In fact, Piers Steel, author of The Procrastination Equation, states that “scores of studies based on many thousands of people have established that impulsiveness . . . shares the strongest bond with procrastination.”
Thus, ironically, procrastinators actually live in the now.
When we procrastinate, we fill our lives with the tasks that are right in front of us rather than make the concerted effort to leave enough room in our schedules to pursue dreams. Procrastination is like going to a fancy restaurant and filling up on bread and not leaving enough room for dinner.
John Perry, a professor of philosophy, describes pro- crastination in this way:
“Procrastinators seldom do absolutely nothing; they do marginally useful things, like gardening or sharpening pencils or making a diagram of how they will reorganize their files when they get around to it. Why does the procrastinator do these things? Because they are a way of not doing something more important. If all the procrastinator had left to do was to sharpen some pencils, no force on earth could get him [to] do it.
However, the procrastinator can be motivated to do difficult, timely and important tasks, as long as these tasks are a way of not doing something more important.”
Don’t get me wrong, living in the now is a good thing. The lesson here is to live in the now by engaging in the most important activities today (dream work).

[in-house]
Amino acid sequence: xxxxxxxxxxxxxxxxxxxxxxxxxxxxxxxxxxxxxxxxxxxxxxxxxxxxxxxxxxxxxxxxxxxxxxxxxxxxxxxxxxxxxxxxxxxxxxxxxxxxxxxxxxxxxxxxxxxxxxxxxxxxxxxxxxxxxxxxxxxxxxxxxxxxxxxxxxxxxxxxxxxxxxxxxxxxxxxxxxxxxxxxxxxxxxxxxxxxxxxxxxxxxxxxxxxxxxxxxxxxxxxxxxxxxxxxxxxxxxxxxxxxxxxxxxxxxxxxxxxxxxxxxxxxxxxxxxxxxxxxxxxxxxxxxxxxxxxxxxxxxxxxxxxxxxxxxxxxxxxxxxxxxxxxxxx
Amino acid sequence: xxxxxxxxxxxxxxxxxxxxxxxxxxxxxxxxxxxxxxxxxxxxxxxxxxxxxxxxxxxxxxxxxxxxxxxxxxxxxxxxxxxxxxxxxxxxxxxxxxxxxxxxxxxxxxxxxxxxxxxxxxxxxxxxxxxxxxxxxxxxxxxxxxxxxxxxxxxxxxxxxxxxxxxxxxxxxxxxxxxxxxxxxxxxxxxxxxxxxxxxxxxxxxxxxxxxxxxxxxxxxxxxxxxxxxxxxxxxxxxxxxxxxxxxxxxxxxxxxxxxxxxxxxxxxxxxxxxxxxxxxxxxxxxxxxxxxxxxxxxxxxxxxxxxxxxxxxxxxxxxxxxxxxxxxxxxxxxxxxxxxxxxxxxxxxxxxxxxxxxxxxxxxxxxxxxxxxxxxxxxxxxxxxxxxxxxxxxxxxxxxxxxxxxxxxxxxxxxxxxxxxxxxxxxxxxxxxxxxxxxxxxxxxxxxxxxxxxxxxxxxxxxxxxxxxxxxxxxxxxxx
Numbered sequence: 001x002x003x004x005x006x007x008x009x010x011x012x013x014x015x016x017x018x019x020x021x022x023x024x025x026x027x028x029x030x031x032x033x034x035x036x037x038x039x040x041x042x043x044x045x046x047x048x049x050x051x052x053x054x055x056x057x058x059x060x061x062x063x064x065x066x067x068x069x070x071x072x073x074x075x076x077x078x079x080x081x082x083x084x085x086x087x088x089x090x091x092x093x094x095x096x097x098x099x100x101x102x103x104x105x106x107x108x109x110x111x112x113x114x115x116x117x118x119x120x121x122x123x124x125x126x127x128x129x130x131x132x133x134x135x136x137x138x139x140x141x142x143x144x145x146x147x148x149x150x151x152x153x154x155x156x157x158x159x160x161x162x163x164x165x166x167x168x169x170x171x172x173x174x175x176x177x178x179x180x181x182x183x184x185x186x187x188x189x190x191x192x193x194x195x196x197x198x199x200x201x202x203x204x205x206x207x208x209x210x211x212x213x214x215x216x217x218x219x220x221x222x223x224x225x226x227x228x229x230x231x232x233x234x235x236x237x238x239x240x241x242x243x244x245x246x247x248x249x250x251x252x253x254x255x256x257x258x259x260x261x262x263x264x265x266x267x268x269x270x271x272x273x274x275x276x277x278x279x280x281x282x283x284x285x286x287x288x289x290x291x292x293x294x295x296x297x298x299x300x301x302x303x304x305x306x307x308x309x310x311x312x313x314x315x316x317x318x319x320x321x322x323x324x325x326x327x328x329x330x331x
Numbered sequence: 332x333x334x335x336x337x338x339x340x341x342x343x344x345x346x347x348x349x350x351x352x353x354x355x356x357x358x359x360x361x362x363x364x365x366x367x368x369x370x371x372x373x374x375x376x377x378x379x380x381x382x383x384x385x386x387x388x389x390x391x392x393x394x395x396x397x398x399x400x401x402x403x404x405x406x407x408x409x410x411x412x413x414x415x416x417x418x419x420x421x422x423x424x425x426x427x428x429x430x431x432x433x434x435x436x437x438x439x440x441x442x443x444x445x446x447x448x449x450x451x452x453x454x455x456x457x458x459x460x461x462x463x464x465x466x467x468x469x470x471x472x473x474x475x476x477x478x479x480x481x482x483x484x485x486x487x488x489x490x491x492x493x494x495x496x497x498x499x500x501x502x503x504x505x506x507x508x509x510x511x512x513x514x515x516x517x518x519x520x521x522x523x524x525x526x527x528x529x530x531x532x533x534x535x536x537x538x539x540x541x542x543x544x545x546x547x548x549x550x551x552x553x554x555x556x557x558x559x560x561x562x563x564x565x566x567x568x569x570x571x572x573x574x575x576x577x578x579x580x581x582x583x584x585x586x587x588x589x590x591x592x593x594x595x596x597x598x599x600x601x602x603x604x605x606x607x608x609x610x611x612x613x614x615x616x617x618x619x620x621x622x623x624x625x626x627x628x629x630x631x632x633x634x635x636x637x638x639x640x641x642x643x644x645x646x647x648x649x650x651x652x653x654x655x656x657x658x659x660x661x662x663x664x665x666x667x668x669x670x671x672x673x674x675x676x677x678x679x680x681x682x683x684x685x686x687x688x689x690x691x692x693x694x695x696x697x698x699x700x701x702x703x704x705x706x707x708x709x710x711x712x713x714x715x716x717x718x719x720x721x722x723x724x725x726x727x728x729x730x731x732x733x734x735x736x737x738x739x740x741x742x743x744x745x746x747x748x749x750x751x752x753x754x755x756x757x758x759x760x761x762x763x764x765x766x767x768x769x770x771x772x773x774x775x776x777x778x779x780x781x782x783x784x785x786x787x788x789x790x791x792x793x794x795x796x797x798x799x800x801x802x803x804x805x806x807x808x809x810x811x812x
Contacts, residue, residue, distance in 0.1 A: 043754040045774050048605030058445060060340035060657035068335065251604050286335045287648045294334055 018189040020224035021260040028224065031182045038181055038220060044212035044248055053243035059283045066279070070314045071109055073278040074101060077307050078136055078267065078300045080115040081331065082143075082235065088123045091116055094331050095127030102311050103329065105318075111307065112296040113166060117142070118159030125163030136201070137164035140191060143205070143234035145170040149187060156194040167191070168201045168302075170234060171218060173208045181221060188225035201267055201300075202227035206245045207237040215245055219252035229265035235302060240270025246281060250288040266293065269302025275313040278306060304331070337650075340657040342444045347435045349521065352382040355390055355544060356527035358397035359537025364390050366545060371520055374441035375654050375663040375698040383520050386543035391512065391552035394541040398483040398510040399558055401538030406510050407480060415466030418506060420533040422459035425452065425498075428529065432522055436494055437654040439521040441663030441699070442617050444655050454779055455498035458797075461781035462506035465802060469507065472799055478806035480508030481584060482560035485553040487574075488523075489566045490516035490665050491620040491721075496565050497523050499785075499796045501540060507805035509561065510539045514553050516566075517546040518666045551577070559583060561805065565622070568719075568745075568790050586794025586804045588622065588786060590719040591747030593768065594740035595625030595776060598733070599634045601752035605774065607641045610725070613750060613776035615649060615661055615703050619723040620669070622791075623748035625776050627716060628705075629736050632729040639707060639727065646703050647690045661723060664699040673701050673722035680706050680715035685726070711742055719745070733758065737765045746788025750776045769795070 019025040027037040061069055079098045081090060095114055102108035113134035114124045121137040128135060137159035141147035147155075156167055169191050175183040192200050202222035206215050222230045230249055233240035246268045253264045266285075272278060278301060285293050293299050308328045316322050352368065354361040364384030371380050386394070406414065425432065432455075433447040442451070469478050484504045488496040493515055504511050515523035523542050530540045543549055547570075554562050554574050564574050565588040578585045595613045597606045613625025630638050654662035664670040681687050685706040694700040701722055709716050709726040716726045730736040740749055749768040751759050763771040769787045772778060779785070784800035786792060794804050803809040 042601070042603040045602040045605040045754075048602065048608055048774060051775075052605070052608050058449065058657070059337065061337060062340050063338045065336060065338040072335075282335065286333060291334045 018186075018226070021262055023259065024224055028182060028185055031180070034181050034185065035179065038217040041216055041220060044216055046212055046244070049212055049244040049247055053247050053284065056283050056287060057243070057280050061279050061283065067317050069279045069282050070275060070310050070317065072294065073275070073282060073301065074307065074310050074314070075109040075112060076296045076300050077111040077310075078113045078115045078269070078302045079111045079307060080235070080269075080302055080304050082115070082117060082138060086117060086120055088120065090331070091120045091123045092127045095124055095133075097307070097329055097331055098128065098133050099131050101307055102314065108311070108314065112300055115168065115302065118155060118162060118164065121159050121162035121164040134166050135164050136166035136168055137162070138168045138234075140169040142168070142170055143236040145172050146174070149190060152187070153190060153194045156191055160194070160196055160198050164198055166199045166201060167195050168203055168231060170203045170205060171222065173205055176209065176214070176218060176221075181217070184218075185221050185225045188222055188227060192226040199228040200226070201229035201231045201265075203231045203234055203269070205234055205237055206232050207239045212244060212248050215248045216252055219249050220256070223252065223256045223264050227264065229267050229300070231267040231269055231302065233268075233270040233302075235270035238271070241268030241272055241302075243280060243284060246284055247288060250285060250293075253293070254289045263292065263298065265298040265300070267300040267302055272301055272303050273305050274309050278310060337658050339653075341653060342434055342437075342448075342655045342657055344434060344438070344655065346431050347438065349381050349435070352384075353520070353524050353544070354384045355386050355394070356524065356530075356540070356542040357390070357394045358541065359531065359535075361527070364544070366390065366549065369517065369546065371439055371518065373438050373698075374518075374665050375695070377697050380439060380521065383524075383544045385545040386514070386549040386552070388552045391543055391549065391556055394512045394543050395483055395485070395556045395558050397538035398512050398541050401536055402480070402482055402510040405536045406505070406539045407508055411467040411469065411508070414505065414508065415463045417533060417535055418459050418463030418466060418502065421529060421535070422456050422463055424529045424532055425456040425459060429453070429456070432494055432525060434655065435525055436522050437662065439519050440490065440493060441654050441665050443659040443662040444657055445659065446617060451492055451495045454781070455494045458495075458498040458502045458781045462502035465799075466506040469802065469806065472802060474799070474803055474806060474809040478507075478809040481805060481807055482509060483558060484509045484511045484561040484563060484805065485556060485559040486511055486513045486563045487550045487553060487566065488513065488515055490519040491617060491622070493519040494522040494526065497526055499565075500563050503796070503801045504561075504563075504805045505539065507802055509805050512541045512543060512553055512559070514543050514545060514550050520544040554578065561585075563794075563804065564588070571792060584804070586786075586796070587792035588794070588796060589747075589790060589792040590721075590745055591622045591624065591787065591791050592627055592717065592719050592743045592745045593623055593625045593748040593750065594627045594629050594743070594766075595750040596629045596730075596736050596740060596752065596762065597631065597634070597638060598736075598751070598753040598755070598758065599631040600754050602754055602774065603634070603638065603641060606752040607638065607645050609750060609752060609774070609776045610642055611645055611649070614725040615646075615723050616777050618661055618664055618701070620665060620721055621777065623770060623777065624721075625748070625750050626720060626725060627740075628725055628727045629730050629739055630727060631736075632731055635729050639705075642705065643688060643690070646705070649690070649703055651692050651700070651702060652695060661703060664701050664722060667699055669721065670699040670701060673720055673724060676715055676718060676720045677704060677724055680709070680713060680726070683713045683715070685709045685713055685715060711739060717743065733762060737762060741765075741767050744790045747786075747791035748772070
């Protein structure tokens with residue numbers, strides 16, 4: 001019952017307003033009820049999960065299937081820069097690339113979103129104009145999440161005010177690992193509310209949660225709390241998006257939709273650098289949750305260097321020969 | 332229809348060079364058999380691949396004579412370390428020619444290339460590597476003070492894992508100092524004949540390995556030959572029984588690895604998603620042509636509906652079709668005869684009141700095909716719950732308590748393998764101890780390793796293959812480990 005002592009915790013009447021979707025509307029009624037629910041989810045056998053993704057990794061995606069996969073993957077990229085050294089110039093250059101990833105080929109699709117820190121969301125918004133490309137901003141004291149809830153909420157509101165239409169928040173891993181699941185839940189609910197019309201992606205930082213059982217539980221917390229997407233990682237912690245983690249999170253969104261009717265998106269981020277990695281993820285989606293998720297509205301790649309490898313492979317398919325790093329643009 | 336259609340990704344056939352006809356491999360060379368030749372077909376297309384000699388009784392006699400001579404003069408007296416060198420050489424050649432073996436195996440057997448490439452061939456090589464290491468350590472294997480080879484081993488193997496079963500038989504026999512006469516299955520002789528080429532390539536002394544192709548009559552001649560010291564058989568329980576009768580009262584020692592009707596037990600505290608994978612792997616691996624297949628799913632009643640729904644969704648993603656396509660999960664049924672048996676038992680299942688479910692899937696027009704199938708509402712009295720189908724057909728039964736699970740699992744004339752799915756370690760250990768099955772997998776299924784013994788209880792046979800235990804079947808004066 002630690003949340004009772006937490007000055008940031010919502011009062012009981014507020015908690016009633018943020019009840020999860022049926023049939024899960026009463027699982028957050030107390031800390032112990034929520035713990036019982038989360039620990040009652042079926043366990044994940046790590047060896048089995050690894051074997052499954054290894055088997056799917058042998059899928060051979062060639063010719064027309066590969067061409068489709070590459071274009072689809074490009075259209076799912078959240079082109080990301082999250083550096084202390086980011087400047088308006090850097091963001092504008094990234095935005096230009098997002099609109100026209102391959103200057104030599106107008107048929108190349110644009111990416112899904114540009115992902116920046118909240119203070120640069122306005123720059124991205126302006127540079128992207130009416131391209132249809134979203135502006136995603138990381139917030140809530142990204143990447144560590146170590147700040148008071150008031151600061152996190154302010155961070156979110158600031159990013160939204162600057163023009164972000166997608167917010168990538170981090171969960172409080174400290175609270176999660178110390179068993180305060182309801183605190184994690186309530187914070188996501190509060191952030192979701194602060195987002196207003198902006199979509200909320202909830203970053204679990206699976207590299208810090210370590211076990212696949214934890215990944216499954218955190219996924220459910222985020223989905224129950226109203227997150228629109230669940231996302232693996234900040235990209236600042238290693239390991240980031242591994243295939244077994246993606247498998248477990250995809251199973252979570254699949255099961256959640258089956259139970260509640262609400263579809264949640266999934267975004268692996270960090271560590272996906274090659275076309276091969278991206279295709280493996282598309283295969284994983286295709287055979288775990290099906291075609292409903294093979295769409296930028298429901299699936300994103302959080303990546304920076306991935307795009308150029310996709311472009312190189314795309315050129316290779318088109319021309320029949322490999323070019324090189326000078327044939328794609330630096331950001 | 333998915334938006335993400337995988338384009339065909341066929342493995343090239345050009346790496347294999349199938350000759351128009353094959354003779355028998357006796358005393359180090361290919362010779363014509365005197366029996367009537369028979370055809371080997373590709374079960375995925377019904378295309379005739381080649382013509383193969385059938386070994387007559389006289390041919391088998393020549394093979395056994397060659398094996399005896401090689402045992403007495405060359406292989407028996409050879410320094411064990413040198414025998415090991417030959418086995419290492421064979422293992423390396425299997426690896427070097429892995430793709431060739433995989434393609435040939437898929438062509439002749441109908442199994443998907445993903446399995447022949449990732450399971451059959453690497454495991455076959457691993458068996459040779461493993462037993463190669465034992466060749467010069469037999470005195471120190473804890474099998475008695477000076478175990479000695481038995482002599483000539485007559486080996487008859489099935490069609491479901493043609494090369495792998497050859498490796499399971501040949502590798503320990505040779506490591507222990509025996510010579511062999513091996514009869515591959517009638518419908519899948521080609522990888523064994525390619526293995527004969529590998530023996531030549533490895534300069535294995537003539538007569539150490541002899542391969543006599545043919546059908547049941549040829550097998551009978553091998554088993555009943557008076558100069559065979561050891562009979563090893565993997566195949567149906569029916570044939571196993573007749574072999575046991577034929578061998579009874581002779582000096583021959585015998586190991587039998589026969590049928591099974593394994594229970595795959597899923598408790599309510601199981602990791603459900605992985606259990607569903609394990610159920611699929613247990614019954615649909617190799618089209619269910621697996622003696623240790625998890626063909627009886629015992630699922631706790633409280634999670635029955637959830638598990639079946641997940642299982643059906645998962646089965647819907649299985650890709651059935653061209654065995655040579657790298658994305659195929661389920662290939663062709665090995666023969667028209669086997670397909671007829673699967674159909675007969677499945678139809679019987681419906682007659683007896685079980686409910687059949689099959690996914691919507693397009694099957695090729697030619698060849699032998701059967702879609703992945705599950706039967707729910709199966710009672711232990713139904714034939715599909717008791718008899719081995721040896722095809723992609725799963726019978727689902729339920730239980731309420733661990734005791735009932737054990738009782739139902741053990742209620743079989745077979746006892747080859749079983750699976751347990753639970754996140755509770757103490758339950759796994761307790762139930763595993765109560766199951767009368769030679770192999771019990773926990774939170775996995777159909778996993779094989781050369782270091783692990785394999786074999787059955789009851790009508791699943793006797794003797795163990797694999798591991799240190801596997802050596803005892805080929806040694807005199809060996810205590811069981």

When we live in the now and perpetually push what is most important to tomorrow by filling our time with less important activities, procrastination is robbing us of the most significant and fulfilling opportunities of our lives.

UNDERSTANDING PROCRASTINATION

Drawing from multiple sources such as dictionary definitions, Latin roots of the word, studies of vocational behavior, and academic journals, here is my definition of procrastination:
Procrastination is the counterproductive act of choosing to postpone doing something important until a later time.
For perpetual procrastinators, understanding pro-crastination is akin to understanding ourselves. When we understand what is really happening when we procrastinate, we are better able to understand the cause(s) behind our own tendency to procrastinate. And when we understand why we procrastinate — on an individual level — we are better equipped to formulate a reasonable defense.
I’ll illustrate with an example from my own experience.
I struggle with procrastination, particularly when it comes to writing (to which my wonderful editor, Lisa, will gladly attest). I share the lament one Master’s candidate included in his final thesis on the subject of procrastination: